Another difference is climate change. The goal isn’t necessarily to use less energy, it’s to use less carbon-based energy. It is a global problem, and while some countries will be less able or willing to reduce carbon emissions (as the US and some others have been to date, mostly) we cannot escape climate change impacts.

Cost-Benefit Analysis

I think for the first time, as a result of the Sandy hurricane hitting New Jersey and New York, the impacts and costs are being discussed openly as a trade off between spending money now to save more later. This is just a cost-benefit analysis.

I (and many others) have been arguing for years that the cost of fossil energy fails to account for the cost of climate change — a classic example of externality in econ-speak. This externality is the justification for solutions like cap-and-trade or a carbon tax.

The problem is that these costs have been seen as unquantifiable and distant. Even if we have attempted to estimate impacts in any systematic way, such calculation is inherently imprecise, and lack of precision is fodder for the seeds of doubt. Similarly, prices in the future are discounted — you’ll pay less for a dollar you’ll get in a year than one you’ll get now. So it’s really hard to say how much we should spend now to mitigate a problem we’ll have in the future.

The good news is, climate change is arriving more speedily, and with more gusto than predicted. Climate change is here, and at least in some ways, its costs are now calculable.

Of course this is terrible news, since it merely confirms that we will pay a huge premium for our failure to plan ahead, just as an insurance company won’t cover an accident after it has happened.

But having the ability — and more importantly, the political will — to quantify the costs of climate change lets us actually do that cost benefit analysis.

With some real numbers, even just by way of examples, will provide a clear justification for legislative change. And here’s why the “fiscal cliff” may be an opportunity: it’s about taxes. And carbon taxes sound relatively appealing, at this very moment.

A Moment in Time for a Carbon Tax

Perhaps, just perhaps, we can capitalize on this right now with

What I came to understand more clearly in these last few years is that our legislative process is an opportunistic process of changing the status quo. It’s very hard to do. Obama’s message in the last weeks of the campaign was “you know me”.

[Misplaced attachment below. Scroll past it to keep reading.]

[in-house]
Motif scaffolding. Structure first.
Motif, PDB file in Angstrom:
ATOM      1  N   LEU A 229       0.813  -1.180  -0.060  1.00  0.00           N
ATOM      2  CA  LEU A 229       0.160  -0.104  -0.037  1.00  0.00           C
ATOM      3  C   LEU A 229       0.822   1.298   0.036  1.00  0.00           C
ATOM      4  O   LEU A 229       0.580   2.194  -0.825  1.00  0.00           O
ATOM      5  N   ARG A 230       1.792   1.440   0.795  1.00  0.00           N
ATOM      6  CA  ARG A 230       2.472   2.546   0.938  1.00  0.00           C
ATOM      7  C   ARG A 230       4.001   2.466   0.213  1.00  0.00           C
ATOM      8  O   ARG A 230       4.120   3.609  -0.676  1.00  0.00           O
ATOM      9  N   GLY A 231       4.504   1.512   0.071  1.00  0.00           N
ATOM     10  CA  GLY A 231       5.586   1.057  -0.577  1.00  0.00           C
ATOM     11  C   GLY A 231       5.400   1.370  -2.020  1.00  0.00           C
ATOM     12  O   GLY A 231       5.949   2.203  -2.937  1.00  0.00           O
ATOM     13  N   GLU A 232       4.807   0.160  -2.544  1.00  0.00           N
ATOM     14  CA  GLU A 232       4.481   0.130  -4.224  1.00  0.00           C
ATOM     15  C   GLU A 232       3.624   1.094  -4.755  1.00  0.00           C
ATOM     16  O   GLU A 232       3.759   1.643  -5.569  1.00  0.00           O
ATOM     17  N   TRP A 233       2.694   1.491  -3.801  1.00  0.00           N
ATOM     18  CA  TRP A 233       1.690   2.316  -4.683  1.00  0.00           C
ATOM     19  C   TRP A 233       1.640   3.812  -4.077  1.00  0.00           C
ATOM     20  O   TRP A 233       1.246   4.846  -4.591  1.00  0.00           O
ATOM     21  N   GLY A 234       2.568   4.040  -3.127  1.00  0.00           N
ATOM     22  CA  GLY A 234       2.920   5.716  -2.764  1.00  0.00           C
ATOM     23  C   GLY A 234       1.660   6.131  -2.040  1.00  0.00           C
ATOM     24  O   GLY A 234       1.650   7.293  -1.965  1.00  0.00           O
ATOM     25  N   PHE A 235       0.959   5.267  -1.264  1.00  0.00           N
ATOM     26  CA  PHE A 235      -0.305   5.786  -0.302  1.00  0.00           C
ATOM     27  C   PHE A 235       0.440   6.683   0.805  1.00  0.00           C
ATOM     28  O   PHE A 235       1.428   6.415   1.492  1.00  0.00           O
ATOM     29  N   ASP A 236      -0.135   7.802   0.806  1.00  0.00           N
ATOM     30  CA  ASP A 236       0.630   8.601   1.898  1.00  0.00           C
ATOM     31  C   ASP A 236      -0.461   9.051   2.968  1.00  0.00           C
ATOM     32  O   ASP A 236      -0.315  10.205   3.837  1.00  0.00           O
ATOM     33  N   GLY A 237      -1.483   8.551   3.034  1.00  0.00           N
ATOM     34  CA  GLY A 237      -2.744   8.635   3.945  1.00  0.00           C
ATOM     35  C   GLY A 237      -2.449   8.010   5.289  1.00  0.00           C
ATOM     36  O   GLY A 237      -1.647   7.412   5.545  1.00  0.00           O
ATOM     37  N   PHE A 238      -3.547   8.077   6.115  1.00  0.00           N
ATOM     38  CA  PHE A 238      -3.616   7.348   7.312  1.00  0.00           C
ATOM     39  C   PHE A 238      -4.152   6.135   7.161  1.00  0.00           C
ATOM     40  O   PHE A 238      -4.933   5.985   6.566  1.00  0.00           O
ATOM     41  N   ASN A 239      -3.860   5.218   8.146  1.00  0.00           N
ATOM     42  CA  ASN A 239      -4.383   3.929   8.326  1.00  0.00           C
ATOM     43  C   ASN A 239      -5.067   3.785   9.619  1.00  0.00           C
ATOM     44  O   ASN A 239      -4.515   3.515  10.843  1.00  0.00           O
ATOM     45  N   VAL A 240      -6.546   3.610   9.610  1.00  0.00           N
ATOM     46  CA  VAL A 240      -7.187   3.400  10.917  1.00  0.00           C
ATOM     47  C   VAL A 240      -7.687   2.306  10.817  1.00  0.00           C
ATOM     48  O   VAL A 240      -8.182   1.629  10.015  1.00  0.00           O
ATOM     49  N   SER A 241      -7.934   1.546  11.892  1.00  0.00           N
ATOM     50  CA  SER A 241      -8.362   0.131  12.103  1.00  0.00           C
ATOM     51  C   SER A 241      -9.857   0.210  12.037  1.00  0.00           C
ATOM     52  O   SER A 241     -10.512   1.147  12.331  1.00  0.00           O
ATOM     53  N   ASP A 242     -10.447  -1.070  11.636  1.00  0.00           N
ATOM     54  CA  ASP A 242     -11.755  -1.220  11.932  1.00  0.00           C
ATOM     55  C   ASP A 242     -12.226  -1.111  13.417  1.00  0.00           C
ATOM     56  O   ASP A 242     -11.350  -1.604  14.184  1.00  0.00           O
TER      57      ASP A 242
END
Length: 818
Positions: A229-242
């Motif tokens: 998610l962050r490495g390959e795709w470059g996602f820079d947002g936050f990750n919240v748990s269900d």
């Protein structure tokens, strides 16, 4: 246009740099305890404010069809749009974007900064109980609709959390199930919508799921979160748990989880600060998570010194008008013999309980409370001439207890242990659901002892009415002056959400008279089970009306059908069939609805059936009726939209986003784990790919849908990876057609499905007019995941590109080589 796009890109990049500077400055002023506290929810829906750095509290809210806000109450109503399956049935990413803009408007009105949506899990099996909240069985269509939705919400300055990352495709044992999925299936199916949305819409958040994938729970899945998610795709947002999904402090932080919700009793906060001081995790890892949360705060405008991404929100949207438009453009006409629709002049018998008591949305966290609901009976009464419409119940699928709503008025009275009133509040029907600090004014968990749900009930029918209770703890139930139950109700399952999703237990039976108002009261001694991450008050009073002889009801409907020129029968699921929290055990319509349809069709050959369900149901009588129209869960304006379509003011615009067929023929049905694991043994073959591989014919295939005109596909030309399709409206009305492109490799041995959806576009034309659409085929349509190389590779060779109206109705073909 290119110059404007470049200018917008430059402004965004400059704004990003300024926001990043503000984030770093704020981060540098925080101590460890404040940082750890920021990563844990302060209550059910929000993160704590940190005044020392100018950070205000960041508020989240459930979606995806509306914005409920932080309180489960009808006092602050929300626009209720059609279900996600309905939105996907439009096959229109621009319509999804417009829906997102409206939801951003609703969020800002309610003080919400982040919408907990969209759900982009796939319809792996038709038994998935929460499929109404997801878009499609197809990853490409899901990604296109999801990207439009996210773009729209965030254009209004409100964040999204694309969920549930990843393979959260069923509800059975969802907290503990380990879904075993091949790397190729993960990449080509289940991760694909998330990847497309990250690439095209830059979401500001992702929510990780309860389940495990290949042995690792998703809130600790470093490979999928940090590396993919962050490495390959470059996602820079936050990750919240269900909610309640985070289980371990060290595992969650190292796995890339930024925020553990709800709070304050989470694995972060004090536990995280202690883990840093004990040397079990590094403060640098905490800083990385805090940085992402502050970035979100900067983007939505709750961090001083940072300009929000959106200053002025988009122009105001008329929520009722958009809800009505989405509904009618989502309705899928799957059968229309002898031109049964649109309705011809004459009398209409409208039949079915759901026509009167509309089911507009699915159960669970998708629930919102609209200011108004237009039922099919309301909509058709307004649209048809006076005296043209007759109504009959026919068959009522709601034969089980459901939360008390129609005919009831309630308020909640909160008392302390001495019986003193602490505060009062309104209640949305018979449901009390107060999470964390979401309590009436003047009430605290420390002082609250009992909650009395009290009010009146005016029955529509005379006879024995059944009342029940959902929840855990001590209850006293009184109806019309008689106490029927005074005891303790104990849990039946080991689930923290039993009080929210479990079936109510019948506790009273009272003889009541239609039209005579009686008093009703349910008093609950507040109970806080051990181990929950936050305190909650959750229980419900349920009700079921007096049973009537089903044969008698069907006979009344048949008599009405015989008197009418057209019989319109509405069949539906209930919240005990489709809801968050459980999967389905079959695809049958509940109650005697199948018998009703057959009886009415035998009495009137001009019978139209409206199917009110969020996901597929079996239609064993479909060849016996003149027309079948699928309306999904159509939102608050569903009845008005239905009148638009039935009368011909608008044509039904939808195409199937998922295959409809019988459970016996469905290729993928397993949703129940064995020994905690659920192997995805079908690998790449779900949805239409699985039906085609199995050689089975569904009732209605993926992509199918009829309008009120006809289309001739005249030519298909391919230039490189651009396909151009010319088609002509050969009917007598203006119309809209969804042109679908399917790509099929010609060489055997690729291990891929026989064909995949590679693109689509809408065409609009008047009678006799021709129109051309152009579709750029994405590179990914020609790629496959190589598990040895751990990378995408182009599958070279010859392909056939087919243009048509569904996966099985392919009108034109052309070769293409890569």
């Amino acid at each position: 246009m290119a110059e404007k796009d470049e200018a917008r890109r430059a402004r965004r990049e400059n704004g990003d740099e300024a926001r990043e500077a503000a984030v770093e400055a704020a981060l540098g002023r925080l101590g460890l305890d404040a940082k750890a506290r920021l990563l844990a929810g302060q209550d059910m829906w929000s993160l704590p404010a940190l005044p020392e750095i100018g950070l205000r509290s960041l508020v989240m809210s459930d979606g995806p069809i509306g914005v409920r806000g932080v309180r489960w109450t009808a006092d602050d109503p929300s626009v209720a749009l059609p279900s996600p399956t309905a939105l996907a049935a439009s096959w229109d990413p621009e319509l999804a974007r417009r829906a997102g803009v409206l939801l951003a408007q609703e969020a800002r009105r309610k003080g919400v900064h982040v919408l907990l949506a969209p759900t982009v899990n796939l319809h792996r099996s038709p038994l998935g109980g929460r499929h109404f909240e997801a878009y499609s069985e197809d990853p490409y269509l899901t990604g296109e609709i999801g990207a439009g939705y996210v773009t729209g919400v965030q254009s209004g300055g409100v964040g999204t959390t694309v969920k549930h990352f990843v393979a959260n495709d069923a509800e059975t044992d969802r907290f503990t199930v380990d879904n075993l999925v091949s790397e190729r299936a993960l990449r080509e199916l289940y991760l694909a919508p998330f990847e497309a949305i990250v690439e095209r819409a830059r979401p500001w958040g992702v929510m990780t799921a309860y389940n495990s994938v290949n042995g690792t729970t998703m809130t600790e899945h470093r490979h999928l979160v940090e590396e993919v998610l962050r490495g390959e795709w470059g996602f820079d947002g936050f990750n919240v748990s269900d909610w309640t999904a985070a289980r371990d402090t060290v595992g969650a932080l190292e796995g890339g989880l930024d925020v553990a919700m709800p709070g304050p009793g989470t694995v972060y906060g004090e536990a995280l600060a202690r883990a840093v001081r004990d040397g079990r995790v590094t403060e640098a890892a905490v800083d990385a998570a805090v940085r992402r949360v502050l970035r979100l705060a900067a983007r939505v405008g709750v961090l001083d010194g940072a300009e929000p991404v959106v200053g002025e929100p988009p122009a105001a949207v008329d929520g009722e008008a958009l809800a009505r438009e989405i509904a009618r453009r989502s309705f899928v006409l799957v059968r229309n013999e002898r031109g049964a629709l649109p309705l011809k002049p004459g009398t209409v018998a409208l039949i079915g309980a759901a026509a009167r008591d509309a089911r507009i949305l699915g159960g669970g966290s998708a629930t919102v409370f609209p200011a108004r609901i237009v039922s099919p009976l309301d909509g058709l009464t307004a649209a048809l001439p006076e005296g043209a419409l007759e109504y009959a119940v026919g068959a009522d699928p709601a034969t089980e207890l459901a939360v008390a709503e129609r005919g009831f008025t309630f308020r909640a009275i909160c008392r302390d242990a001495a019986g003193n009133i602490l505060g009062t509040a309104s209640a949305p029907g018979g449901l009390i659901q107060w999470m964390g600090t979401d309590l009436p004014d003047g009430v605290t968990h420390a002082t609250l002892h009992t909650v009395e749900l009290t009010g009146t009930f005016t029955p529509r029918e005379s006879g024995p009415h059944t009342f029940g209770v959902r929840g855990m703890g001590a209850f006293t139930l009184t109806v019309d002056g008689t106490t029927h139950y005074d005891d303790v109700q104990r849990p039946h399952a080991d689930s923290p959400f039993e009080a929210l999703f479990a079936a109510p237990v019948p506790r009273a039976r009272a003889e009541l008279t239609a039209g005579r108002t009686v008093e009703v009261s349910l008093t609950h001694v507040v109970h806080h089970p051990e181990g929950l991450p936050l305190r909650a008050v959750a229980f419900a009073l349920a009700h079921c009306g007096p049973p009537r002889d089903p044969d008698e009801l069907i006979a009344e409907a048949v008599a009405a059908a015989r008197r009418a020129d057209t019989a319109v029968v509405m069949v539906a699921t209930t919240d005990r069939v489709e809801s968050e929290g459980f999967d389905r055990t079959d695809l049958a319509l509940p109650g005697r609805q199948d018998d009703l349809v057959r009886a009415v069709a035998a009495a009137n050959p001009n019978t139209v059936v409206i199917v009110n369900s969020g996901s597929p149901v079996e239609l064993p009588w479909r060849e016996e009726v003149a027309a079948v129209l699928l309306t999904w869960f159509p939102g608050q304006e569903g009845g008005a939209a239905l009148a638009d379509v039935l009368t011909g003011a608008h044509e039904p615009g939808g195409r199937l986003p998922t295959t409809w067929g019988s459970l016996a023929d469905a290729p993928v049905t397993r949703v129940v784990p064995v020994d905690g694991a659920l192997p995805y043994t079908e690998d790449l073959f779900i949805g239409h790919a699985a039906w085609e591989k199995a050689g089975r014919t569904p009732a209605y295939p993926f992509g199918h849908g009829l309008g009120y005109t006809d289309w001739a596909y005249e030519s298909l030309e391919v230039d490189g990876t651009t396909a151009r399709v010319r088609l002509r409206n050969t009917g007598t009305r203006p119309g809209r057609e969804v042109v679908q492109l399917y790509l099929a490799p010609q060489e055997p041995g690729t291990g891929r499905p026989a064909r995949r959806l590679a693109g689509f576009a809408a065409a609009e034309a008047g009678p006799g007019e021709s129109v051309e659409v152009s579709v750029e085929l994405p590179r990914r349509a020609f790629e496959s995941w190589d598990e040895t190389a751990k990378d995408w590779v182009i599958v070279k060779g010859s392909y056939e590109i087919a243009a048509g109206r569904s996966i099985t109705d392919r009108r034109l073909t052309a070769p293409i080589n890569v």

We picked the devil we know (don’t get me wrong, this was definitely a good thing). Likewise, the fact that Obamacare has passed and with the election has survived it’s first real threat means it will increasingly become the status quo. Looking back further, Roe vs. Wade, and even the Clean Air Act all have endured, despite extended opposition.

So, our chance may be now to get some foothold in real legislative action to help address climate change. We may be getting past some of the delay tactics of Merchants of Doubt. For the first time in more than a decade, perhaps we’re finally coming to accept that “tax” is not a dirty word. And the fiscal cliff may force this issue.

If we can get past these roadblocks, the question becomes not whether to tax, but what to tax.

Carbon producers aren’t exactly up there amongst the country’s best loved corporations.

Now that “tax” is back in the lexicon of approved words, we have an opportunity to get out of the mealy-mouthed language of Cap and Trade (even if it is the better option) — language matters: it’s a carbon tax.

The key is, now is the time. We’ll certainly continue to have extreme weather with costly impacts, but this one got peoples’ attention at the right time.

2 Comments

  1. Oh my god. It appears that my article has caused Grover Norquist to support a carbon tax!

    OK, well not really, but here’s another story that gives some credibility to the idea that there’s a linkage between the fiscal cliff and carbon taxes.

    Comment by Tom Harrison — November 14, 2012 @ 10:55 am

  2. It’s too bad it has to be called a carbon tax. Maybe just a pollution tax would be more acceptable to the general public. For example coors always is cited for pollution and it’s almost a bragging point for them to keep costs down.

    Comment by GreenLEED — March 22, 2013 @ 8:22 am